HLAC inspectors are independent contractors selected by HLAC’s board of directors. Inspectors have wide-ranging experience in the industry, including with healthcare systems, in environmental services, laundry production and operations, laundry facility planning and design, linen management, nursing, occupational safety, and infection prevention and control.

Each inspector is provided with in-depth training of HLAC standards and inspection guidelines before they begin their work.

“The inspection is an important part of the accreditation process,” McCurdy said. “Going through the inspection process should help a laundry to unite its efforts to become much stronger – smarter and more competent in processing healthcare textiles – and this should enable them to provide their healthcare customers with an improved level of service ultimately benefitting patient safety.”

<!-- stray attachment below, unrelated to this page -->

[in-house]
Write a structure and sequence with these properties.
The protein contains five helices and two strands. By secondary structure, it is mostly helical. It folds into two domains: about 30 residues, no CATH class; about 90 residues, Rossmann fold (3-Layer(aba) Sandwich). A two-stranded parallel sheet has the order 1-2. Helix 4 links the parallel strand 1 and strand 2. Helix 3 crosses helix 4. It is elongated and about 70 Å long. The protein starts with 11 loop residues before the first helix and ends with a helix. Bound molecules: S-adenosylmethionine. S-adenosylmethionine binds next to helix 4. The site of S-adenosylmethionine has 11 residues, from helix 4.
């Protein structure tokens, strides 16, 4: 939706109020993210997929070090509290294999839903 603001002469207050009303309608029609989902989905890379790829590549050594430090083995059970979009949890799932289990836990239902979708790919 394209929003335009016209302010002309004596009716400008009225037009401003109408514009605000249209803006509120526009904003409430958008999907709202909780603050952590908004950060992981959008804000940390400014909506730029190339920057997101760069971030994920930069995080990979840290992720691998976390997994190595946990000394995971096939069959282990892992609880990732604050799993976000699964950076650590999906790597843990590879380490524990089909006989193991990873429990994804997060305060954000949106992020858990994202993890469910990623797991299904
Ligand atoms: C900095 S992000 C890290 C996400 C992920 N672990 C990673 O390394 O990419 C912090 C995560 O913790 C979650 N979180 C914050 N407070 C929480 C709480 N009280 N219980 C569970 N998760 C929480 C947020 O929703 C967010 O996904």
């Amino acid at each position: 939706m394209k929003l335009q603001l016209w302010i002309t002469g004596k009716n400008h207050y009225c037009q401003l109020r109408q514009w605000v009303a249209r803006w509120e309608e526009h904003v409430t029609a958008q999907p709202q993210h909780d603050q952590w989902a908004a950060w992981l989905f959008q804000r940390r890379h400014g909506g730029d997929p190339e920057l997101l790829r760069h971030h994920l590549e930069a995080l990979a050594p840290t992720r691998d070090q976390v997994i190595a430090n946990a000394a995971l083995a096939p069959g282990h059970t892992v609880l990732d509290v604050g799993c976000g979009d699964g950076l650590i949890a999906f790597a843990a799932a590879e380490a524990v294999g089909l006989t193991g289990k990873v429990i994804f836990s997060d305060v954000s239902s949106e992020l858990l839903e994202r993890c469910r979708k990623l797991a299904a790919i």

HLAC inspections place significant weight on factors such as design, equipment, practices, training, protocols and adherence to regulatory body requirements.

HLAC’s History of Innovation and Responsiveness
From its beginning, HLAC has been at the leading edge of industry innovation:

  • In 2011, it added surgical pack assembly room standards to its overall standards document. These new standards are based on the American National Standards Institute (ANSI)/Association for Advancement of Medical Instrumentation (AAMI) reference regarding reusable surgical textiles processing.
  • In 2016, HLAC’s standards document was awarded the AHE Seal of Review and Recognition™ from the Association for the Healthcare Environment. The award followed a technical review process by an advisory council of degreed, certified healthcare professionals who are leading authorities in the practice of environmental services and its related disciplines.